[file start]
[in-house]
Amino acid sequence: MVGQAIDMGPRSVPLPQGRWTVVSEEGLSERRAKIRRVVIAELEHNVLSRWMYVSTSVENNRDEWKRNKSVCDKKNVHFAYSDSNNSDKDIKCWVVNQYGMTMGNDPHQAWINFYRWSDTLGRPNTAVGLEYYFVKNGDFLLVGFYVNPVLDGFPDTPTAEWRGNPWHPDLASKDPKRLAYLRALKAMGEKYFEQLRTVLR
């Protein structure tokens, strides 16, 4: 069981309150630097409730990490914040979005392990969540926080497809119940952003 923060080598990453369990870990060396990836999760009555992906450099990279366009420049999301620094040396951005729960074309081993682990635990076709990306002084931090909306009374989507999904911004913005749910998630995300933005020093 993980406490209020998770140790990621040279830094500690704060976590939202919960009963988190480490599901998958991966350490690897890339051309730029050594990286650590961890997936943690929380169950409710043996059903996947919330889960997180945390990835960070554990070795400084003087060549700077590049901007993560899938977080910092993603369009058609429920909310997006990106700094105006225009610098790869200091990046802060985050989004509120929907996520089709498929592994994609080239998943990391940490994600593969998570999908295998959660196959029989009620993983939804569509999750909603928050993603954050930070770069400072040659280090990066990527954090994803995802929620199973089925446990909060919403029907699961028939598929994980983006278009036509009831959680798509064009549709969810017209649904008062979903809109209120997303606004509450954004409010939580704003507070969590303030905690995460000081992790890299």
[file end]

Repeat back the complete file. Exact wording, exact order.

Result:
[in-house]
Amino acid sequence: MVGQAIDMGPRSVPLPQGRWTVVSEEGLSERRAKIRRVVIAELEHNVLSRWMYVSTSVENNRDEWKRNKSVCDKKNVHFAYSDSNNSDKDIKCWVVNQYGMTMGNDPHQAWINFYRWSDTLGRPNTAVGLEYYFVKNGDFLLVGFYVNPVLDGFPDTPTAEWRGNPWHPDLASKDPKRLAYLRALKAMGEKYFEQLRTVLR
């Protein structure tokens, strides 16, 4: 069981309150630097409730990490914040979005392990969540926080497809119940952003 923060080598990453369990870990060396990836999760009555992906450099990279366009420049999301620094040396951005729960074309081993682990635990076709990306002084931090909306009374989507999904911004913005749910998630995300933005020093 993980406490209020998770140790990621040279830094500690704060976590939202919960009963988190480490599901998958991966350490690897890339051309730029050594990286650590961890997936943690929380169950409710043996059903996947919330889960997180945390990835960070554990070795400084003087060549700077590049901007993560899938977080910092993603369009058609429920909310997006990106700094105006225009610098790869200091990046802060985050989004509120929907996520089709498929592994994609080239998943990391940490994600593969998570999908295998959660196959029989009620993983939804569509999750909603928050993603954050930070770069400072040659280090990066990527954090994803995802929620199973089925446990909060919403029907699961028939598929994980983006278009036509009831959680798509064009549709969810017209649904008062979903809109209120997303606004509450954004409010939580704003507070969590303030905690995460000081992790890299």